Enter a Private Luxury Treatment Center Within 24 Hours
Call Now 1-888-744-0789 100% Private Who Answers?

Enter a Private Luxury Treatment Center Within 24 Hours

Click to Call 1-888-744-0789 Who Answers?
Suitcase Your Recovery Begins at American Addiction Centers

Heroin Cuts

On the street, heroin goes by a variety of names, including “junk,” “skag,” “smack,” and “H.” Regardless of the name used, anytime you purchase heroin there’s no way of knowing what’s actually in it, short of doing a chemical analysis.

Pure uncut heroin consists of pure white powder that carries a bitter taste, though it’s highly unlikely that a street dealer will sell pure heroin. The materials used to cut heroin can also increase the dangerous effects on the body, especially in cases where toxic additives are used.


Impurities in Heroin

Before heroin gets into a dealer’s hands, the drug must be synthesized from its botanical source: the opium poppy. Depending on how thorough the manufacturing process is, the final product may contain as many as 40 different impurities.

Substances commonly cut into heroin that are not inherently toxic. But they can do damage to the  body. Most often, heroin is cut with one of the following:

  • Caffeine
  • Flour
  • Chalk
  • Talcum powder
  • Sucrose
  • Starch
  • Powdered milk

Part of the reason why heroin is so addictive is because of its ability to reach the brain quickly. When this happens, the brain releases dopamine and produces feelings of euphoria. The most often a person uses heroin, the more the brain becomes reliant on heroin to produce feelings of pleasure. Addiction also increases the chance of overdose, since the brain and the body build up a tolerance to the drug. Impurities are often introduced to heroin to increase potency or cut production costs. These cutting agents have disastrous effects on the body. Some of the cutting agents include:

  • Codeine
  • Noscapine
  • Morphine
  • Papaverine
  • Thebaine

What Makes Heroin Additives So Dangerous?

Additives are unknown and can vary by batch, making it virtually impossible for a user to know what else is in the heroin. Because of this, there’s no way of knowing whether or not it’s “safe” to consume. Even more alarming is the fact that there are literally countless toxic additives that dealers might introduce to the heroin. The result is an impossible-to-guess strength and purity of heroin, making it even more dangerous to use.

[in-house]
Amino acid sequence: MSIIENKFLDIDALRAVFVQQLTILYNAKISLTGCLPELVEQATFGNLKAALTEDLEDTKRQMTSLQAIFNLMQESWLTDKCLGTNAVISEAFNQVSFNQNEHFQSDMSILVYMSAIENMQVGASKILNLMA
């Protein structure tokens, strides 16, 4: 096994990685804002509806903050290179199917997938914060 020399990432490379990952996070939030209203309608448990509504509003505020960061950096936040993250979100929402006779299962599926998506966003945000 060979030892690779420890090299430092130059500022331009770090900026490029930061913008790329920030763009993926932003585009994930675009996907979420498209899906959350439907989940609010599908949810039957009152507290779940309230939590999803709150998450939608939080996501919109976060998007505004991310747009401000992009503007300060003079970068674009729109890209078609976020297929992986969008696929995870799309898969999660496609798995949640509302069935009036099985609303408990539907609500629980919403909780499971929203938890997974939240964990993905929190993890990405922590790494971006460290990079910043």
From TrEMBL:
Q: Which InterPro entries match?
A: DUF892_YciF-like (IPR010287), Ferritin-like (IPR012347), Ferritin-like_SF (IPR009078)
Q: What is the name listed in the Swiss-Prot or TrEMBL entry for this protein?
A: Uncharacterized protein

Materials used to cut heroin, which range from toxic additives to simple fillers, can also have harmful effects on the body—particularly if the heroin is injected. One of the most common adulterants is quinine. This medication is used to treat malaria. When injected, it can cause serious reactions.1

  • Arrhythmias
  • Kidney damage
  • Severe allergic reactions
  • Serious bleeding problems

The amount of actual heroin contained in a batch ranges wildly. There’s no real way for a user to tell. Some research suggests the potency can range from 3-99%.2


Different Types of Heroin

Regional variations of heroin can partly explain differences in appearance and purity levels. There are four main types of heroin available on most commercial market: white, black tar, brown, and cheese.

White heroin most commonly originates in Southeast Asia. It’s white in appearance and is relatively pure. White heroin easily dissolves in water. In the U.S., this is the most common type of heroin available on the east coast. Some of the adverse effects of white heroin include the following.3

  • Coma
  • Slurred speech
  • Drowsiness
  • Attention and memory problems
  • Increased risk of suicide
  • Collapsed veins
  • Peripheral edema
  • Increased risk of contraction of tuberculosis, HIV, and hepatitis
  • Depression
  • Sexual dysfunction

Black tar heroin is generally created in Mexico. It has a dark color and is sticky and hard. Black tar is less pure than white because of how it’s processed. It’s generally less expensive than white heroin.3

The majority of black tar heroin contains dangerous additives and adulterants. These additives have been known to cause serious physical complications including some of the following:4-9

  • Abscesses: complications associated with untreated abscesses include infection of the heart lining, bone, or blood